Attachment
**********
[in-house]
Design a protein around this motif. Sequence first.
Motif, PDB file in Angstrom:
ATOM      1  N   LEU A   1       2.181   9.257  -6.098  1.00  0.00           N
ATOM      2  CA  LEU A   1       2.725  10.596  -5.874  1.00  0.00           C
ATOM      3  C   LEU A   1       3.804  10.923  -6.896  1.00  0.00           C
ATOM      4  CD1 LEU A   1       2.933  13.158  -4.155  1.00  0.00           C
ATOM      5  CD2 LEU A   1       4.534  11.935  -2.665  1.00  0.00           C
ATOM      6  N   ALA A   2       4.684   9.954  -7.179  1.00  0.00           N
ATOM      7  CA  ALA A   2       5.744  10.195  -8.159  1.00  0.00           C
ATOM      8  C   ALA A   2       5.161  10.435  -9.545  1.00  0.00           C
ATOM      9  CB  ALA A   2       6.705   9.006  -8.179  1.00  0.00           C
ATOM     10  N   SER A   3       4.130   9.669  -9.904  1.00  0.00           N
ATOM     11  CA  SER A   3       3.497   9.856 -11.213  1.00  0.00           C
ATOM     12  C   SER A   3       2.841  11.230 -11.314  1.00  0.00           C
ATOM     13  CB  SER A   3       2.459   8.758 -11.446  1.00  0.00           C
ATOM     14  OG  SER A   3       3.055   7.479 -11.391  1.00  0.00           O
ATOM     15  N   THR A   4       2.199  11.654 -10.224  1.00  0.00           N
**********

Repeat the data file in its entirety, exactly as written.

[in-house]
Design a protein around this motif. Sequence first.
Motif, PDB file in Angstrom:
ATOM      1  N   LEU A   1       2.181   9.257  -6.098  1.00  0.00           N
ATOM      2  CA  LEU A   1       2.725  10.596  -5.874  1.00  0.00           C
ATOM      3  C   LEU A   1       3.804  10.923  -6.896  1.00  0.00           C
ATOM      4  CD1 LEU A   1       2.933  13.158  -4.155  1.00  0.00           C
ATOM      5  CD2 LEU A   1       4.534  11.935  -2.665  1.00  0.00           C
ATOM      6  N   ALA A   2       4.684   9.954  -7.179  1.00  0.00           N
ATOM      7  CA  ALA A   2       5.744  10.195  -8.159  1.00  0.00           C
ATOM      8  C   ALA A   2       5.161  10.435  -9.545  1.00  0.00           C
ATOM      9  CB  ALA A   2       6.705   9.006  -8.179  1.00  0.00           C
ATOM     10  N   SER A   3       4.130   9.669  -9.904  1.00  0.00           N
ATOM     11  CA  SER A   3       3.497   9.856 -11.213  1.00  0.00           C
ATOM     12  C   SER A   3       2.841  11.230 -11.314  1.00  0.00           C
ATOM     13  CB  SER A   3       2.459   8.758 -11.446  1.00  0.00           C
ATOM     14  OG  SER A   3       3.055   7.479 -11.391  1.00  0.00           O
ATOM     15  N   THR A   4       2.199  11.654 -10.224  1.00  0.00           N